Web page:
Recently when posting about the expansion of Marketplace to 13 new markets, Microsoft made it clear the only way to change the registered region of your Windows Live account was to create a new one, writing:
The Marketplace country is determined by the accountlocale (Country/Region + language) of the User ID associated with the Windows Live ID used to Sign in.
IMPORTANT Once an account locale is associated to a Windows Live ID, it is permanent and cannot be changed.
To access the Marketplace of a country other than the one in which your account was created or to switch between catalogs in markets where more than one Marketplace is offered, you must reset your phone and complete setup again by using a different Windows Live ID.
Not being able to flip a few bits in a database is of course pretty old fashioned and may violate Directive 95/46/EC, Article 12(b), which states:
â€œMember States shall guarantee every data subject the right to obtain from the controller: as appropriate the rectification, erasure or blocking of data the processing of which does not comply with the provisions of this Directive, in particular because of the incomplete or inaccurate nature of the dataâ€œ.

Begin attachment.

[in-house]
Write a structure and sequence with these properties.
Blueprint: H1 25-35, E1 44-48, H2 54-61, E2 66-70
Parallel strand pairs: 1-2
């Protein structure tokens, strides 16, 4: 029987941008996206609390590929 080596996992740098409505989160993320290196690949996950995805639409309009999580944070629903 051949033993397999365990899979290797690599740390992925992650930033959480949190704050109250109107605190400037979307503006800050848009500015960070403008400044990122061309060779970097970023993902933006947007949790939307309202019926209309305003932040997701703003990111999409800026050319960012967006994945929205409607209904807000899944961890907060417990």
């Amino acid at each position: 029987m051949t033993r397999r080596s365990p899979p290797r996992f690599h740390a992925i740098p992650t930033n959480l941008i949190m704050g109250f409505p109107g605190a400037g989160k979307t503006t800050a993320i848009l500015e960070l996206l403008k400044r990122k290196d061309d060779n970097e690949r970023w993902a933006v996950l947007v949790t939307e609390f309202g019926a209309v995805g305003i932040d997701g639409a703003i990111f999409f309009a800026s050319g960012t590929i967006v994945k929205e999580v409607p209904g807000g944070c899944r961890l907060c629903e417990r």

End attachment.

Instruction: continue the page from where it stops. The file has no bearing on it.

Not being able to change your inaccurate record at Microsoft may violate this law dating to 1995, particularly as moving from one country to another is a pretty legitimate and common activity in the EU.
The question was raised in the comments on the Microsoft blog here and Mazhar Mohammed from Microsoft responded by saying:
@Mirronelli, @Arthur Csertus, and others: We know resetting your phone to switch Marketplaces is a big inconvenience and are hard at work investigating ways to address this in a future release. Itâ€™s an architecture issue and the engineering changes required to fix it are pretty substantial. But I want you to know itâ€™s definitely on our radar. In case you missed it, here are instructions for making the switch: support.microsoft.com/…/2692008
A petition is currently running at Change.org to address this exact issue, which of course affect more than Windows Phones but also Xbox Live and other features.
Maybe with the force of law behind it Microsoft will make it somewhat more of a priority.
Thanks to our tipster for the info.